I have had the advantage of reading in draft the speech of my noble and learned friend Baroness Hale of Richmond. For the reasons she gives, with which I agree, I would dismiss this appeal.
Lord Hope of Craighead
I have had the advantage of reading in draft the speech of my noble and learned friend Baroness Hale of Richmond. For the reason she gives with which I agree, I too would dismiss the appeal.
Lord Walker of Gestingthorpe
I have had the advantage of reading in draft the opinion of my noble and learned friend Baroness Hale of Richmond. For the reasons set out in her opinion, with which I agree, I would dismiss the appeal and answer the certified question as she proposes.
Baroness Hale of Richmond
The issue in this appeal is whether using the words "bloody foreigners" and "get back to your own country" can transform the offence of using abusive words and behaviour with intent to cause fear or provoke violence, contrary to section 4 of the Public Order Act 1986, into the racially aggravated form of that offence, contrary to section 31(1)(a) of the Crime and Disorder Act 1998.
Sections 29 to 32 of the 1998 Act create racially or religiously aggravated versions of some frequently encountered offences which vary greatly in their intrinsic seriousness: assaults falling short of grievous bodily harm with intent (section 29), criminal damage (section 30), certain public order offences (section 31) and harassment (section 32). If racially or religiously aggravated, the maximum penalties are higher. The justification for treating such conduct more severely than the basic versions of these crimes is helpfully summarised by Ivan Hare ("Legislating Against Hate - The Legal Response to Bias Crimes" (1997) 17 OJLS 415, 416-7):
The case of principle for an explicit response to the phenomenon rests fundamentally on the realization that crimes motivated by hatred for the group to which the victim belongs are in some sense of a qualitatively distinct order of gravity. This perception arises from intuitive feelings of retribution and from awareness of the impact such offences have on the immediate victims and on society as a whole. In addition to being the target of an act of violence the victim is likely to feel a sense of injustice at having been discriminated against on the basis of his membership of, or association with, a particular group. The more general strain of the argument is that hate crimes entail a threat to public welfare which makes it appropriate to punish them more severely.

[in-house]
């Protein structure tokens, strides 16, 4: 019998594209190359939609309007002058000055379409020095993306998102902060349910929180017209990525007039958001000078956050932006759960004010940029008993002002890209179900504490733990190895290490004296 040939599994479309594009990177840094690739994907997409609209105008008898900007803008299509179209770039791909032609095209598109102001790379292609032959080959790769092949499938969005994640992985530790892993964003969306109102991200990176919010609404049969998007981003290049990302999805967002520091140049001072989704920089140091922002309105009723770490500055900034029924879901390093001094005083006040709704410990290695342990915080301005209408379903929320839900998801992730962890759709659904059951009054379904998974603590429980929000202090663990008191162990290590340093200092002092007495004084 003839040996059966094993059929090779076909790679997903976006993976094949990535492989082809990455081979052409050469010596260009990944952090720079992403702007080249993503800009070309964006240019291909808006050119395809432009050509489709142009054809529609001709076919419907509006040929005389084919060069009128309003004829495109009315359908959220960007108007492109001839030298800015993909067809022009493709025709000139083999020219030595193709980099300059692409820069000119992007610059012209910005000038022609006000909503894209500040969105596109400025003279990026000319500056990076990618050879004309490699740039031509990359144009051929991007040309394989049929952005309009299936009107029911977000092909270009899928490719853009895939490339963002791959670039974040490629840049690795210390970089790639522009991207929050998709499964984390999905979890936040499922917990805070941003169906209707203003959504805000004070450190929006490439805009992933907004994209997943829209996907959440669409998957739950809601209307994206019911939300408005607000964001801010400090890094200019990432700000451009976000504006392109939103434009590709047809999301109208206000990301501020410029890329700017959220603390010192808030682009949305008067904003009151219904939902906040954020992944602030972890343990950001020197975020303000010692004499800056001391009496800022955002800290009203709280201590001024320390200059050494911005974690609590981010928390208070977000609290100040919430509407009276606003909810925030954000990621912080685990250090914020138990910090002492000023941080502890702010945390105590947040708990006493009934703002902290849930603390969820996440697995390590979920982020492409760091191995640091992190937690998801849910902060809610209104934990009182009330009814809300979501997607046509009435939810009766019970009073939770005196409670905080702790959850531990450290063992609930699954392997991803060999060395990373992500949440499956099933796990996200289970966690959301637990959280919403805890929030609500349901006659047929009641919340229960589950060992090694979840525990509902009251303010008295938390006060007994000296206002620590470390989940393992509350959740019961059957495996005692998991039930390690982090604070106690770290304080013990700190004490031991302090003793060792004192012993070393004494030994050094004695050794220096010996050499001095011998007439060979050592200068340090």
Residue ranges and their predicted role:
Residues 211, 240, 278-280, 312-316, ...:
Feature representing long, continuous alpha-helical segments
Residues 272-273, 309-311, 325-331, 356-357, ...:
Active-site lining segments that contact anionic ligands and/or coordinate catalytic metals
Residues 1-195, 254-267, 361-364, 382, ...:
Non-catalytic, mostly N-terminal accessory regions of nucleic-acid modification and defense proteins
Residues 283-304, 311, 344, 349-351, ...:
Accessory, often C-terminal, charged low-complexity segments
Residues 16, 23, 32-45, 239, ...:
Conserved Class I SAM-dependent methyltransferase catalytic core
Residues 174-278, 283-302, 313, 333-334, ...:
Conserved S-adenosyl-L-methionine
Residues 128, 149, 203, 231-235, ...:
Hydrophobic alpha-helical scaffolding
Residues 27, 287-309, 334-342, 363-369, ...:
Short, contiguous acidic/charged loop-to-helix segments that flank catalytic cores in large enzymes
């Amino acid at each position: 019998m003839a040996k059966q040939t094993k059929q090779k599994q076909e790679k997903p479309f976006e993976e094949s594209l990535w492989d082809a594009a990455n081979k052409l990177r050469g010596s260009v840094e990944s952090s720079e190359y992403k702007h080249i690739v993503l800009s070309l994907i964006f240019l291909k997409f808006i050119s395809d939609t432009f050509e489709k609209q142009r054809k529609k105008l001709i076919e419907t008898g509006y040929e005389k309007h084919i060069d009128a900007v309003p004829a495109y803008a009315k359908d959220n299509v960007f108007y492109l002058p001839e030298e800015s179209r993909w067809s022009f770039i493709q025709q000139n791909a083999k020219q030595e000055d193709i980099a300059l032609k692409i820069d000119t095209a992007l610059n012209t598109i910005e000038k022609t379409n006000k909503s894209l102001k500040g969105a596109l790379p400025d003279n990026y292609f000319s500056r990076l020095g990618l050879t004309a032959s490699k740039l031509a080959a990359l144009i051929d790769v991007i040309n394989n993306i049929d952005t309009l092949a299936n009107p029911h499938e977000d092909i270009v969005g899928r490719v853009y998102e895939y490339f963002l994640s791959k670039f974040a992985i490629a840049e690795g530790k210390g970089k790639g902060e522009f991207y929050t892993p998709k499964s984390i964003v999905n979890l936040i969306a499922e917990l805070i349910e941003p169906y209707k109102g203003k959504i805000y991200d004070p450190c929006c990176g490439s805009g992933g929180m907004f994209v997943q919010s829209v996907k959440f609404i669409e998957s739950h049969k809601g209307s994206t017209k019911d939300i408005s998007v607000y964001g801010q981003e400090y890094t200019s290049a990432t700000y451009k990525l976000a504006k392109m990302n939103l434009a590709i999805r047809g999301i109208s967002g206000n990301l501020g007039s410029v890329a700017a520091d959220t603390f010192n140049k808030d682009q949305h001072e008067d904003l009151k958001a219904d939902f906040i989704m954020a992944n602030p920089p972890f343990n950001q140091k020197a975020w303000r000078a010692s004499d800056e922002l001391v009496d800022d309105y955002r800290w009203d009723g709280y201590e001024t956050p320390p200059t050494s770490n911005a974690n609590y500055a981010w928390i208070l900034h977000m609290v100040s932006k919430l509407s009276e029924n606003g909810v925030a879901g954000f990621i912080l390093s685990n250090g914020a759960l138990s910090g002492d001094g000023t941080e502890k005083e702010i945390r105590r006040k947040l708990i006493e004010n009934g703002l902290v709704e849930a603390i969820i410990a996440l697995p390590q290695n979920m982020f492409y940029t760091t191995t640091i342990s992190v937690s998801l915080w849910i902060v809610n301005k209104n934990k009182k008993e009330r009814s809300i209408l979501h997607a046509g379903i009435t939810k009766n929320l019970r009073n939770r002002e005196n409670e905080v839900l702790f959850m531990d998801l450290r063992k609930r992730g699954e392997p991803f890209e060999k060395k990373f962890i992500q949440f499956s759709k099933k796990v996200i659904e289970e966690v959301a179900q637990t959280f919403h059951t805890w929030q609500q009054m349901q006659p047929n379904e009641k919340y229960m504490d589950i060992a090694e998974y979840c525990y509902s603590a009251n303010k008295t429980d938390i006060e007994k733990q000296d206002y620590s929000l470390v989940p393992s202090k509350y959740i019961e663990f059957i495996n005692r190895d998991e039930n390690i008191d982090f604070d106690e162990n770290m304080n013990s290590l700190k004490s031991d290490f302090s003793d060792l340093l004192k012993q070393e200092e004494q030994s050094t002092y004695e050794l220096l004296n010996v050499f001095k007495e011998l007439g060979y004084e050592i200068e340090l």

The court must first be satisfied that the basic offence has been committed and then that it is racially or religiously aggravated within the meaning of section 28 of the 1998 Act. Subsection (1) provides that the offence is racially or religiously aggravated if either of two different circumstances exists:
at the time of committing the offence, or immediately before or after doing so, the offender demonstrates towards the victim hostility based on the victim's membership (or presumed membership) of a racial or religious group; or
the offence is motivated (wholly or partly) by hostility towards members of a racial or religious group based on their membership of that group.
One limb is therefore concerned with the outward manifestation of racial or religious hostility, the other with the inner motivation of the offender. Here we are concerned with the former but the point at issue arises in relation to both. Hostility, demonstrated or meant, is required for both, but hostility to what?
The point at issue is the meaning of "racial group". This is defined in section 28(4):
In this section, 'racial group' means a group of persons defined by reference to race, colour, nationality (including citizenship), or ethnic or national origins.
The victims in this particular case were three young Spanish women who were walking back to the home of one of them after celebrating the birthday of another in a local restaurant. The appellant, who is incapacitated by arthritis, was riding a mobility scooter along the pavement on his way home from a public house. An altercation took place as he tried to get past them on the pavement. He then pursued them in an aggressive manner into a local kebab house where they had taken refuge. The jury must have been sure that he had used threatening, abusive or insulting words or behaviour intending them to fear immediate unlawful violence or to provoke it. The only question was whether calling them "bloody foreigners" and telling them to "go back to your own country" demonstrated hostility based on their membership of a racial group as defined in the 1998 Act.